It’s good to be thrifty, but you don’t want to get a terrarium that’s cheap. If it easily falls apart, you may end up spending more fixing it than spending more up front on a durable option. You may find that the options I linked to will not be adequate for you snake. If this is the case, you will want to go to the next level up and purchase a vivarium in the $50+ range.
While its true that some snakes can survive in climates with lower humidity than others, all snakes are cold-blooded and need a fairly consistent heat to remain healthy and happy. How the vivarium opens and vents for air flow should be taken into consideration.
You should have the type of snake you want in the back of your mind when shopping for a vivarium. Some snake species stay consistently small like the popular ball python (adult males are two to three feet) while others can get to five feet and thick rather quickly. Don’t stuff a big snake into a tiny home.
A rule of thumb is to make sure the length of the vivarium is at least as long as the snake if not longer.
Answering these questions above will help your search. These questions overlap with the environmental controls- there happen to be four- that are vital in a snake’s habitat. The four elements are:
Sometimes overlooked, lighting plays an important role in the snake’s habitat. Some snakes need the UV rays in addition to a warm surface to survive whereas others feel most comfortable when tanning on a rock. Divas, I know.
In all seriousness, since many snakes are awake during the day, finding a light that can automatically dim or turn off with the change of daylight is a serious plus.
Another note, many if not all snakes like to have variance in their habitat. It is recommended to heat one side of the terrarium a few degrees warmer than another, allowing the snake to cool off or heat up as desired. This can be achieved by focusing a heat lamp or light in certain ways.
Don’t forget, find the right type of lighting that will be both
Snakes are such that most cannot adapt to conditions that don’t reflect those of their origin. Because this is the case, no matter where you may live, the temperature needs to be accurate of their old homes.
Heating up a cage can be done in several ways or even a combination of the following:
- Heating/Infrared lamps
- Heat mats
- Hot plates
- Heating cords
- Other, more complex, heating methods
These methods can be used in several ways. Depending on the type of vivarium you decide to go with, it may be most logical to use a heat mat under the substrate of the cage along with a small heating lamp to simulate the sun for your little noodle friend.
It may seem redundant to have both temperature and humidity as controls needed in a snake vivarium but after doing some research, carelessly combining the two categories can prove unhealthy for the snake. Both the temperature and humidity levels need to be monitored to keep the snake happy.
Ways to accomplish these appropriate levels of humidity is:
- use evaporation from a water basin or other water source directly inside the vivarium.
- Regular water pulverization
- Automatic water pulverization/ humidifiers
Think about this- two types of snakes may need the same temperature-
What would be healthy for the dry desert snake will make the swampy snake have problems with
Ventilation and Openings.
Ventilation is obviously important, not only for fresh air in the cage but also to prevent the growth and spread of mold and harmful bacteria within the cage.
It’s obvious that there needs to be an opening to get the snake in and out of the cage but sometimes overlooked is how well the owner will get into the cage in order to feed the snake, clean, and adjust items in the cage as needed.
If an owner cannot even fit their hand or arm into a cage to properly clean it, it may be best to purchase a larger terrarium.
Differences Between Terrarium, Vivarium, Faunarium, Flexarium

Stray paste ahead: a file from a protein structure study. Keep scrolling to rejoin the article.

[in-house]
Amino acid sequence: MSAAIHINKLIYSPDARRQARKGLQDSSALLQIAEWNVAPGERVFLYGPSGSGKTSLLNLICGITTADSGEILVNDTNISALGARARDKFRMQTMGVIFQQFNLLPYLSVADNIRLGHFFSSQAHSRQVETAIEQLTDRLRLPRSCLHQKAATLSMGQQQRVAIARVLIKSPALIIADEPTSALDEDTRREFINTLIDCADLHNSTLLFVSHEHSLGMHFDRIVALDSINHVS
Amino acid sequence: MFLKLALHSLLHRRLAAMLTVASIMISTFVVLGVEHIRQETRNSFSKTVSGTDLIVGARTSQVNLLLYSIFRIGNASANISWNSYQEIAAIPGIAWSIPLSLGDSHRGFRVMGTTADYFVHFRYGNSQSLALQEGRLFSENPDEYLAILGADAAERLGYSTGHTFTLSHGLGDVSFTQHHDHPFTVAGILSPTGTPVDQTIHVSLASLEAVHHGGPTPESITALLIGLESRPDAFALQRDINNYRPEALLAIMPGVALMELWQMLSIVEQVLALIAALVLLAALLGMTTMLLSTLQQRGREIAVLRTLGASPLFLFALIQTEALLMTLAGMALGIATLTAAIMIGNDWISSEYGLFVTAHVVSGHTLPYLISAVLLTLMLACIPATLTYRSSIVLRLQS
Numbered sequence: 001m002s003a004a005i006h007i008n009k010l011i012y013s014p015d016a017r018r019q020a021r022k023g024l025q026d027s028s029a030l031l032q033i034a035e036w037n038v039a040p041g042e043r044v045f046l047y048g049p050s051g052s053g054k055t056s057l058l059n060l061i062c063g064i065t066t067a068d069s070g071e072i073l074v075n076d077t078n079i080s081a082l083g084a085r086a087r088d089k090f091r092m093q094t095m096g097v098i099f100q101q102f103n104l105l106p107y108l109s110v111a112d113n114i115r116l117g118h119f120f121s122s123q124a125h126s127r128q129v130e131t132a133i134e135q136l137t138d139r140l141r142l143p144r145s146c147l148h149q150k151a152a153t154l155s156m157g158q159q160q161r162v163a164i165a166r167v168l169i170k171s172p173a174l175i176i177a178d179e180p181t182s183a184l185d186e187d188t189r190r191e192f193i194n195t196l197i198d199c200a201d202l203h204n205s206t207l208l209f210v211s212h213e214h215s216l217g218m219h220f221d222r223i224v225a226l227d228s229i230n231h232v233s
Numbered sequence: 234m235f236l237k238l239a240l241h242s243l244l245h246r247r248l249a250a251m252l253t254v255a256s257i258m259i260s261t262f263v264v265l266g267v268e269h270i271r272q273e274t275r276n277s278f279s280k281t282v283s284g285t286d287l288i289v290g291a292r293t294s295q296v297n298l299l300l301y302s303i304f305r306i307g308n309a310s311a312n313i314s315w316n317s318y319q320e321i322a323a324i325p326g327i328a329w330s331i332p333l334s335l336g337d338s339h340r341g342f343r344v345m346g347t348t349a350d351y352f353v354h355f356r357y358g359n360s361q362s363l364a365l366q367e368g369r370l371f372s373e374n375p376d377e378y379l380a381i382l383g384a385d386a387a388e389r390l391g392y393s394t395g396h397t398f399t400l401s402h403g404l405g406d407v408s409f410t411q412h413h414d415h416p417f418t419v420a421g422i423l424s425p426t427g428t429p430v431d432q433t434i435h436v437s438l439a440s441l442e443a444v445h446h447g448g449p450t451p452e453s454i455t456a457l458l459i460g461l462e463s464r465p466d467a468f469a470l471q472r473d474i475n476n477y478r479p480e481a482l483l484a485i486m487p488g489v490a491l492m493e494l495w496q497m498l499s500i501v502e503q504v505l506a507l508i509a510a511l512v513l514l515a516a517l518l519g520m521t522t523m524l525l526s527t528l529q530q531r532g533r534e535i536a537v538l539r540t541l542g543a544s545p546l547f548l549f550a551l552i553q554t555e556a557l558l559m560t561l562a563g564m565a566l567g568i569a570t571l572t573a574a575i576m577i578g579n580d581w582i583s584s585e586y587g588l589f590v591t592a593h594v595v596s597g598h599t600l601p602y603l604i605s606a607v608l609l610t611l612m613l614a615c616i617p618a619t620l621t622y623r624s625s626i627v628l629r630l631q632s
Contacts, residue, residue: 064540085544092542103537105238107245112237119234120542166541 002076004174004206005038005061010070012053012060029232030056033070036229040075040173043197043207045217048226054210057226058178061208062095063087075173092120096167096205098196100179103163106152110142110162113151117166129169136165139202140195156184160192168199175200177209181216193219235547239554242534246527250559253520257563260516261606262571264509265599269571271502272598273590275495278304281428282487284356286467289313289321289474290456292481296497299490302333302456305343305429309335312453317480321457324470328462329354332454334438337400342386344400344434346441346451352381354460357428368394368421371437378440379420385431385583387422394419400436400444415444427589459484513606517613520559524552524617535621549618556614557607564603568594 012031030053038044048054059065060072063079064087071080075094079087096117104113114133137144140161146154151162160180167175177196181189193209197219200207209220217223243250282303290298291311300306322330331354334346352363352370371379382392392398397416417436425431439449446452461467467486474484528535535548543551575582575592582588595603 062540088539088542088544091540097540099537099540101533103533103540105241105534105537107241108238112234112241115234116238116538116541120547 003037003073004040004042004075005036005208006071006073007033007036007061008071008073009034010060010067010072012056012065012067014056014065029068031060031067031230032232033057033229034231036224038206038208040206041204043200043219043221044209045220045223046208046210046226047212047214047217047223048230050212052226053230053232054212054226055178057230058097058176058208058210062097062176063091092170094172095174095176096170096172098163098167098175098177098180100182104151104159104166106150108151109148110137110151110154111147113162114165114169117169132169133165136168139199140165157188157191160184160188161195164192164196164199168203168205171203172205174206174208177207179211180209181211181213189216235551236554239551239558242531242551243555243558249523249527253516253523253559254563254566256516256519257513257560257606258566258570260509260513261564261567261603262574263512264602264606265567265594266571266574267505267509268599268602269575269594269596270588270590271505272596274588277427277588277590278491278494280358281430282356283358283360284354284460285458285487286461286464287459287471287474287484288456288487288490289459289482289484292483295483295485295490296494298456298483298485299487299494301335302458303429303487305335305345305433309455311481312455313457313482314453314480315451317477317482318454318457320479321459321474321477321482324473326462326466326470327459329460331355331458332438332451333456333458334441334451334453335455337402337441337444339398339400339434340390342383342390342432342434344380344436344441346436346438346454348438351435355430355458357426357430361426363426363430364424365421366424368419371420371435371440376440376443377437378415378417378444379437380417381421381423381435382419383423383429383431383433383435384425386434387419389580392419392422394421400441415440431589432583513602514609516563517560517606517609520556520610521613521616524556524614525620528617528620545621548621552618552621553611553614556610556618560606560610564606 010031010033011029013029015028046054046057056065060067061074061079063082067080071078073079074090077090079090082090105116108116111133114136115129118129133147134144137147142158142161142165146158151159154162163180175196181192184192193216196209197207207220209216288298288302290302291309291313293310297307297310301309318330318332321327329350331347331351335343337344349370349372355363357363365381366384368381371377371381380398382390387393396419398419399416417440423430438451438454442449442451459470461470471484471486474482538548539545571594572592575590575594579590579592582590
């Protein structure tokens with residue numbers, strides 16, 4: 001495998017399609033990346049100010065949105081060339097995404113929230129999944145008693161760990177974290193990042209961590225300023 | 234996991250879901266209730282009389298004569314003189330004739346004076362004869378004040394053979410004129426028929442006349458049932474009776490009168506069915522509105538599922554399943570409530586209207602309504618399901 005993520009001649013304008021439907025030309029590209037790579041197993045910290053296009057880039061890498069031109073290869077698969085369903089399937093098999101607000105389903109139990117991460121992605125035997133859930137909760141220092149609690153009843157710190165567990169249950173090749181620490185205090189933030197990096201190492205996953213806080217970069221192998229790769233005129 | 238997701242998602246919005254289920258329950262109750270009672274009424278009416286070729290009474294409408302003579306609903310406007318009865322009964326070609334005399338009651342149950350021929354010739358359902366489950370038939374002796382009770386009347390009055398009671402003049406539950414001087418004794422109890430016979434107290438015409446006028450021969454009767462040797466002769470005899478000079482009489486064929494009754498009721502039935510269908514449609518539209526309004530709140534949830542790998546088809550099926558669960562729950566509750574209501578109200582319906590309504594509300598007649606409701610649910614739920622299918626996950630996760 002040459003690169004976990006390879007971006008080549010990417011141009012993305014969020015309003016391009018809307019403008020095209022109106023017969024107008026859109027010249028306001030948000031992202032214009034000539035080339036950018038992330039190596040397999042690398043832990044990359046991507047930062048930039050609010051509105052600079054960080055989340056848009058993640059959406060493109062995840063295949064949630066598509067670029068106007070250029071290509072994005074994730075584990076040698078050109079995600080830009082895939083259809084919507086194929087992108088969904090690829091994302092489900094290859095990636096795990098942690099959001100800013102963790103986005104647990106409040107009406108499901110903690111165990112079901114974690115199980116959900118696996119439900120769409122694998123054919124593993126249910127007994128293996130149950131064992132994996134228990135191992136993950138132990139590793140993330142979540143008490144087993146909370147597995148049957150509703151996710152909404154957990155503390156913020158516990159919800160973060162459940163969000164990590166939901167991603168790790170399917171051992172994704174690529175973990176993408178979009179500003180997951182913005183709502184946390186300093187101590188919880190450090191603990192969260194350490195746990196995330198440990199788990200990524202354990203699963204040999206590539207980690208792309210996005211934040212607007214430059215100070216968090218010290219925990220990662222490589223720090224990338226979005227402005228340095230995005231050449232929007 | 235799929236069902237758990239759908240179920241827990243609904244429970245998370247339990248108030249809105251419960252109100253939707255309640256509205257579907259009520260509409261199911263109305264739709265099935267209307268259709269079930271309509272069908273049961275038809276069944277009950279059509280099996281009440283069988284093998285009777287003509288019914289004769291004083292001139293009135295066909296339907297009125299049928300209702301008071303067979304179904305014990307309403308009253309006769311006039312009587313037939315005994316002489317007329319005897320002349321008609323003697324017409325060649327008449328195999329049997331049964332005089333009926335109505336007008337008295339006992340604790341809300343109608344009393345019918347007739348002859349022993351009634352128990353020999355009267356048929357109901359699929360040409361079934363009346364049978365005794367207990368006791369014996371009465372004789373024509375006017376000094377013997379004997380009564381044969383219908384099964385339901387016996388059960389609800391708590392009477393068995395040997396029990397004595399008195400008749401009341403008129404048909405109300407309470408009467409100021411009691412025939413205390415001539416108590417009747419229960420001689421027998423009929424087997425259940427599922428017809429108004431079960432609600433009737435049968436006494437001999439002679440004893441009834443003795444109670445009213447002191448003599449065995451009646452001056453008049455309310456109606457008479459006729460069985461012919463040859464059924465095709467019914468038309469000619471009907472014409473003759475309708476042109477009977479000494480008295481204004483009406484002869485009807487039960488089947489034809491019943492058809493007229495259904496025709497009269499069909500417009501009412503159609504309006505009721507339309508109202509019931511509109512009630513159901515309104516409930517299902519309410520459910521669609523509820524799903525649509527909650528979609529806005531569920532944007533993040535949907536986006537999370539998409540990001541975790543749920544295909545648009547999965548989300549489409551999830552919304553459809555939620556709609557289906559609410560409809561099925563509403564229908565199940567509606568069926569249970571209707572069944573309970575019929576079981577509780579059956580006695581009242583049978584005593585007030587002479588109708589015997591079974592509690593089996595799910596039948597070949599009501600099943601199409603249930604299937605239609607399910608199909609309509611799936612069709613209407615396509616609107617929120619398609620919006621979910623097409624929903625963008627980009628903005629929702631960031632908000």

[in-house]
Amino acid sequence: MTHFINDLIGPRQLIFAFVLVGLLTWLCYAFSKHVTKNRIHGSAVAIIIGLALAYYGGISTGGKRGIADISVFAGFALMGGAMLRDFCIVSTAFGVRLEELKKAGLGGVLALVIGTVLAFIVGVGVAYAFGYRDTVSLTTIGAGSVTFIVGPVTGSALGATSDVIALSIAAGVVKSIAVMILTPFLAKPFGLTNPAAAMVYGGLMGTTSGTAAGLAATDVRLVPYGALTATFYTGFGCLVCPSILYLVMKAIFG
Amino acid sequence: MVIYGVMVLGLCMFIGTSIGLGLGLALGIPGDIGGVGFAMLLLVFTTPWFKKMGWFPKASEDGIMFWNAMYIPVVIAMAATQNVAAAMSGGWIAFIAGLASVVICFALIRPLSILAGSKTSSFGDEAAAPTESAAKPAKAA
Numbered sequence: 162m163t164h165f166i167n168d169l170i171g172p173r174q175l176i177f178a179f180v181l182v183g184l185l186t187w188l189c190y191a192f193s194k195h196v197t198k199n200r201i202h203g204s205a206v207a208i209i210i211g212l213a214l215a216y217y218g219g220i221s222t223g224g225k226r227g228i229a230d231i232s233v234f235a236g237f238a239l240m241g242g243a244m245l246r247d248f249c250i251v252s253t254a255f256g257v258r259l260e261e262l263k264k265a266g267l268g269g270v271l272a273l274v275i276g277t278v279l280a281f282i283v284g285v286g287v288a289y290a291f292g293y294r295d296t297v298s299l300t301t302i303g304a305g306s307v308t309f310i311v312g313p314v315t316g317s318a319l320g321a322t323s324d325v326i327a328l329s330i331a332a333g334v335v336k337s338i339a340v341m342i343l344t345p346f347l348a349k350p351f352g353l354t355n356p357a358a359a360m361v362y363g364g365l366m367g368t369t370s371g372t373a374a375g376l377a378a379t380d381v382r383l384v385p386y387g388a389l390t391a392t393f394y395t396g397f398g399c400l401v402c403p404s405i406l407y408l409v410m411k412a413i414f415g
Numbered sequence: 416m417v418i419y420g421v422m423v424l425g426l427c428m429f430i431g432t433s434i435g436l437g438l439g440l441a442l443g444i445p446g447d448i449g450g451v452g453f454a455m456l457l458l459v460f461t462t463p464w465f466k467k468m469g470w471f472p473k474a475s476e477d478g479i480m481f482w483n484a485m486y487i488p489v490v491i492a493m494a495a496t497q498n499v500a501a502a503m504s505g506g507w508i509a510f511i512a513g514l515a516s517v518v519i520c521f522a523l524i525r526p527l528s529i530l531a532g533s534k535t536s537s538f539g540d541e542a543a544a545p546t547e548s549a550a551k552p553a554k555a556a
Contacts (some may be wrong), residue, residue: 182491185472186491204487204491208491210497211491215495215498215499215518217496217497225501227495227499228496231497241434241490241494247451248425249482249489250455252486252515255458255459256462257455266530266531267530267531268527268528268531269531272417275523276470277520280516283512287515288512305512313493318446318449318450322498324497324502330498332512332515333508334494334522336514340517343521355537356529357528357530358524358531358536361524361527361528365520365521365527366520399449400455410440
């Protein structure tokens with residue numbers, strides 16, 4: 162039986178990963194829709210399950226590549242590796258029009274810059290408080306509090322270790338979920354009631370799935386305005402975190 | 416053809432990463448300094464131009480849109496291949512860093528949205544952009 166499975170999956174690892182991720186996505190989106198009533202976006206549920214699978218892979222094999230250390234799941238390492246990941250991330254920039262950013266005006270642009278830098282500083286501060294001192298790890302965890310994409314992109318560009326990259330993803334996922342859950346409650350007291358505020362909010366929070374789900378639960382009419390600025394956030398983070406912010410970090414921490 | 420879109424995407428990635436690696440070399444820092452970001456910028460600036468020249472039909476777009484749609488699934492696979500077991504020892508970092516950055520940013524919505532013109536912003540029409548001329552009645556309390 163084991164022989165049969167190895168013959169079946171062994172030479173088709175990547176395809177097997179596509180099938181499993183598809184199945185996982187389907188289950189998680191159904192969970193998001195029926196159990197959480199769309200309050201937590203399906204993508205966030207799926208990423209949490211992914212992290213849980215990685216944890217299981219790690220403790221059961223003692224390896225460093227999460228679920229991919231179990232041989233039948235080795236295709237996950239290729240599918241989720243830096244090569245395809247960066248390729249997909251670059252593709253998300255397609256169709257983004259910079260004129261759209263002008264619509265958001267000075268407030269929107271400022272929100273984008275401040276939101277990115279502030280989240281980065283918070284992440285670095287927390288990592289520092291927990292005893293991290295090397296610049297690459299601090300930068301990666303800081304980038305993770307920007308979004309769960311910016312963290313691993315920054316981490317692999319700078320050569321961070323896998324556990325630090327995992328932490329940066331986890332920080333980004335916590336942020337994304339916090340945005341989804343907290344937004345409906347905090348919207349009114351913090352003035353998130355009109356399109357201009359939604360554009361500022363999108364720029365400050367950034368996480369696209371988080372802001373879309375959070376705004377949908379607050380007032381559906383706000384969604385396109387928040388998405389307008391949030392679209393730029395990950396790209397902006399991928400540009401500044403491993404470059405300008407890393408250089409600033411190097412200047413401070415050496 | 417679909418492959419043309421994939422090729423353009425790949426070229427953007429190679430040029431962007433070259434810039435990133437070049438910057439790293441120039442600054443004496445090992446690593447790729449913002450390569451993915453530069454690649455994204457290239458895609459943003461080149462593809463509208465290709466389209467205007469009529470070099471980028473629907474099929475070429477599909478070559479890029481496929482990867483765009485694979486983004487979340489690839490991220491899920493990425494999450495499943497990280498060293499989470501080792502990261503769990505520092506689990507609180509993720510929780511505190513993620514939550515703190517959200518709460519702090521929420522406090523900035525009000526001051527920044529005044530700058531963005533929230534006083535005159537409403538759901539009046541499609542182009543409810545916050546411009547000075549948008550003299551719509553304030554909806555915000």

While searching between different snake habitat options, I found several words used interchangeably- terrarium, vivarium, faunarium, and flexarium. You may also wonder, are these all the same thing or is there more to it? It is crucial to understand what exactly each is so the wrong type of habitat isn’t purchased.
There are slight differences between these four habitats. The most common are terrarium and vivarium. A terrarium is an enclosure, typically glass with natural or artificial plants whereas
A vivarium is a terrarium normally decorated with artificial plants and housing a live creature inside.
Terrariums are increasingly being used for decorative plant displays in all sizes. Seen as a classy fashion trend, one may find inspiration on their plant terrarium on sites such as Pinterest.
You may ask, shouldn’t this article reference only vivariums instead of terrariums if a vivarium is meant for animals? I asked myself this same question. What I learned will help explain this.
Since vivariums and terrariums overlap in meaning and purpose, one could reference their vivarium as a terrarium and still be correct (aquariums can as well but we won’t dive into that rabbit hole). Because of this, it is popular to reference a reptile habitat as a terrarium.
Fun Fact: The term vivarium became popular thanks to Phillipe De Vosjoli, the “Father of Herpetoculture” and creator of the reptile magazine, “Vivarium”.Phillipe De Vosjoli
In addition, until you add your snake to a habitat, it technically could still be just a terrarium. Potato,
Now, the next two are important to keep separate. The faunarium is a plastic or acrylic enclosure instead of glass like the vivarium. Usually faunariums are marketed to temporary pet housing and transportation.
The last habitat, the
If someone tries to sell you a flexarium to house your pet snake, do not buy it. Make sure the necessary research as been done for your specific snake to protect against anyone taking advantage of you.
Now that I have a terrarium, what do I need to put in it? Here’s the short list- substrate, several hideouts, water bowl, and a heat source. We have an excellent in-depth article on this question that you can check out here.
What plants should I put in my terrarium? The plants you put in your terrarium should correlate with your snake’s natural environment for the most part and be small plants, not full-size potted plants. But other than that you can get whichever plants you decide as long as they are safe for your snake as well. Do some research before purchasing plants.
Can I make my own terrarium? With the right tools, parts, and a willingness to do a good job, anyone can successfully build their own terrarium for a pet snake. We actually have an article that discusses the ins and outs here.